Summary

To find the n lowest values in a set of data, you can use the SMALL function. This can be combined with INDEX as shown below to retrieve associated values. In the example shown, the formula in F7 is:

``````=SMALL(bid,E7)
``````

Note: this worksheet has two named ranges: bid (C5:C12), and company (B5:B12), used for convenience and readability only.

Generic formula

``=SMALL(range,n)``

Explanation

The SMALL function retrieves the smallest values from data based on a given rank. For example:

``````=SMALL(range,1) // smallest
=SMALL(range,2) // 2nd smallest
=SMALL(range,3) // 3rd smallest
``````

In the worksheet shown, the rank (which is provided to SMALL as the k argument) comes from numbers in column E.

Retrieve associated values

To retrieve the name of the company associated with the smallest bids, we can use an INDEX and MATCH formula. In the worksheet shown, the formula in G7 is:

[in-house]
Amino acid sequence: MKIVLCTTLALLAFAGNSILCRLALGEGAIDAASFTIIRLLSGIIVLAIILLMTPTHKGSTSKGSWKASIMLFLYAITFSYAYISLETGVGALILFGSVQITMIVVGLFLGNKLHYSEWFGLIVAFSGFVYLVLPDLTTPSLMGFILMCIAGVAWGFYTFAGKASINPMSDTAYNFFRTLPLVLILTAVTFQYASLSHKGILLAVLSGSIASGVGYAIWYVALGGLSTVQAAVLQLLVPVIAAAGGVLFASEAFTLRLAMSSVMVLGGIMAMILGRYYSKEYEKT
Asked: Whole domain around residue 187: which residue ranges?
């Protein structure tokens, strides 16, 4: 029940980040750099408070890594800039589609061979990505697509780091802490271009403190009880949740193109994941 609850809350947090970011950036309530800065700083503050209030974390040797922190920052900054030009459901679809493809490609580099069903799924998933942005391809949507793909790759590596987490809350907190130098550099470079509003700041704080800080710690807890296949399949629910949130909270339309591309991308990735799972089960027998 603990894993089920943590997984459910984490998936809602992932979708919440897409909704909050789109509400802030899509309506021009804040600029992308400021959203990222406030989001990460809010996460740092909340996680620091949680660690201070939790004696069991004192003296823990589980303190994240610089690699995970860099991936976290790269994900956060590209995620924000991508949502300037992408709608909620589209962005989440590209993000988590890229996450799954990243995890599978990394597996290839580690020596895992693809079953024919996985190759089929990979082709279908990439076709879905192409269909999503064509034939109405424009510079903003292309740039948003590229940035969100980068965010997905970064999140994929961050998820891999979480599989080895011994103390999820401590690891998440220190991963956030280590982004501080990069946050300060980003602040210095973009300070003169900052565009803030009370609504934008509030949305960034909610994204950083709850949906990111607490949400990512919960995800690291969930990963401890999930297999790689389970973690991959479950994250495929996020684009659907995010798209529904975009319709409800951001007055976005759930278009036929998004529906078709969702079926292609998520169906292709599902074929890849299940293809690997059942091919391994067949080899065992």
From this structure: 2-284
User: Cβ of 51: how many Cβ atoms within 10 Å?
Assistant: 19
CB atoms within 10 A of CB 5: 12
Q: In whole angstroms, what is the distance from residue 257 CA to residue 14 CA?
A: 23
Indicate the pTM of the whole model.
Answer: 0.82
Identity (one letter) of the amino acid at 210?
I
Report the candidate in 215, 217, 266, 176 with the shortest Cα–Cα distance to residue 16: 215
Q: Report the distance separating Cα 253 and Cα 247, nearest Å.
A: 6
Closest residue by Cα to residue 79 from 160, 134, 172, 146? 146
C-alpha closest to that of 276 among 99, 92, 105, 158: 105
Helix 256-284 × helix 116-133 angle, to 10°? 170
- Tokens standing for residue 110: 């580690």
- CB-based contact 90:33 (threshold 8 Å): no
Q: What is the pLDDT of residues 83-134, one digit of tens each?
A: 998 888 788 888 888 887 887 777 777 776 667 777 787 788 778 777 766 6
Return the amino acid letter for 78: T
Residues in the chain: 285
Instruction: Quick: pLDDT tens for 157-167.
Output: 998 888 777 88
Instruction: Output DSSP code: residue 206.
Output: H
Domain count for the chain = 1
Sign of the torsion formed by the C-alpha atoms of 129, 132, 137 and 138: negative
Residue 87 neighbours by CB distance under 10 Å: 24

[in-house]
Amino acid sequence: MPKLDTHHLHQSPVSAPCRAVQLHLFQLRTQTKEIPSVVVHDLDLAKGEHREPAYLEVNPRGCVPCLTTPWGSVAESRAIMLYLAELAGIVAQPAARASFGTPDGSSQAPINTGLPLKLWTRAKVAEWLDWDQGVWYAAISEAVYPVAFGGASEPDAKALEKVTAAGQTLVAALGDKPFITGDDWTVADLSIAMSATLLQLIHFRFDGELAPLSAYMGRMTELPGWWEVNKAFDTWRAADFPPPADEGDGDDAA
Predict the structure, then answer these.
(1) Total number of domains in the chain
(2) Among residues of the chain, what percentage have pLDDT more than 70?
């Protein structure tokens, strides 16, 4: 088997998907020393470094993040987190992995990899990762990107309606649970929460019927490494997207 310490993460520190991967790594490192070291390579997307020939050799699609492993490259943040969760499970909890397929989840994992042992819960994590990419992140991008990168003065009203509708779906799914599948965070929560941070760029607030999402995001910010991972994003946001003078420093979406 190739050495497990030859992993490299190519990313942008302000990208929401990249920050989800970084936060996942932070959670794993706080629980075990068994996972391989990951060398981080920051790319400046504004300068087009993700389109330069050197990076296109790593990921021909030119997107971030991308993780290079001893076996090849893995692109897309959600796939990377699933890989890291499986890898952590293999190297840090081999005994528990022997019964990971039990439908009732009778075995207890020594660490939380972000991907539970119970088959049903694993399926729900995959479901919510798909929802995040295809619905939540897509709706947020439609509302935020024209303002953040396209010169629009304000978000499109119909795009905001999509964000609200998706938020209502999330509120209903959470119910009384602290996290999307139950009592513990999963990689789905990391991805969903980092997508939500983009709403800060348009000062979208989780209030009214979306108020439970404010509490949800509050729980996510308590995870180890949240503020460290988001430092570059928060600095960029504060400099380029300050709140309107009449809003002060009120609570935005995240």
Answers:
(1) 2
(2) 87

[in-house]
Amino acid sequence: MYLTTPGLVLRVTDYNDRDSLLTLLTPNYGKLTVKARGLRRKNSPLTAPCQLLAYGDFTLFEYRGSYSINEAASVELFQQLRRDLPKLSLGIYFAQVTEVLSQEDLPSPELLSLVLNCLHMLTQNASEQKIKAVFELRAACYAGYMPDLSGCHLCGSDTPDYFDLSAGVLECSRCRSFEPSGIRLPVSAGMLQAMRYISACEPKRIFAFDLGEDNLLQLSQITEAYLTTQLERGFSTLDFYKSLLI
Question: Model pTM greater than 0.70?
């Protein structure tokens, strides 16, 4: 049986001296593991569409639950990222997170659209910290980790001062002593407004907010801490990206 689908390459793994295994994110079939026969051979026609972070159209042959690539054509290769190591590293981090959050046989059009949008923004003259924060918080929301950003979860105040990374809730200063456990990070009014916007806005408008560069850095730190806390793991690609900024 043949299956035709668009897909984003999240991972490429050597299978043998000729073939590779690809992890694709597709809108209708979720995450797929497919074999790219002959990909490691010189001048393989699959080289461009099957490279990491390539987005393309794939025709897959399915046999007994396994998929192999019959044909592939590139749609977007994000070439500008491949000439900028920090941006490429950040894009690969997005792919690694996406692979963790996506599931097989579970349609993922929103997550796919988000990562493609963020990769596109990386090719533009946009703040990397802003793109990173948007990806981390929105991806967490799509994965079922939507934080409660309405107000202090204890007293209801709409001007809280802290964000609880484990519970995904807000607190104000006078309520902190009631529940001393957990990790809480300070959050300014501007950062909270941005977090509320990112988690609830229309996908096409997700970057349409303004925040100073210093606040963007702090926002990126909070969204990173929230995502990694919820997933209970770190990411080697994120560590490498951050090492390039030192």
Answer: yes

``````=INDEX(company,MATCH(F7,bid,0))
``````

Here, the value in column F is used as the lookup value inside MATCH, with the named range bid (C5:C12) for lookup_array, and match_type set to zero to force an exact match. MATCH returns the location of the value to INDEX as the row number. INDEX then retrieves the corresponding value from the named range company (B5:B12). An all-in-one formula to get the company name in one step would look like this:

``````=INDEX(company,MATCH(SMALL(bid,E7),bid,0))
``````

Note: if your values contain duplicates you may get ties when you try to rank. You can use a formula like this to break times.

FILTER option

The FILTER function provides a better way to retrieve the top or bottom n values from a set of data. See this page for an example.

Author

Dave Bruns

Hi - I'm Dave Bruns, and I run Exceljet with my wife, Lisa. Our goal is to help you work faster in Excel. We create short videos, and clear examples of formulas, functions, pivot tables, conditional formatting, and charts.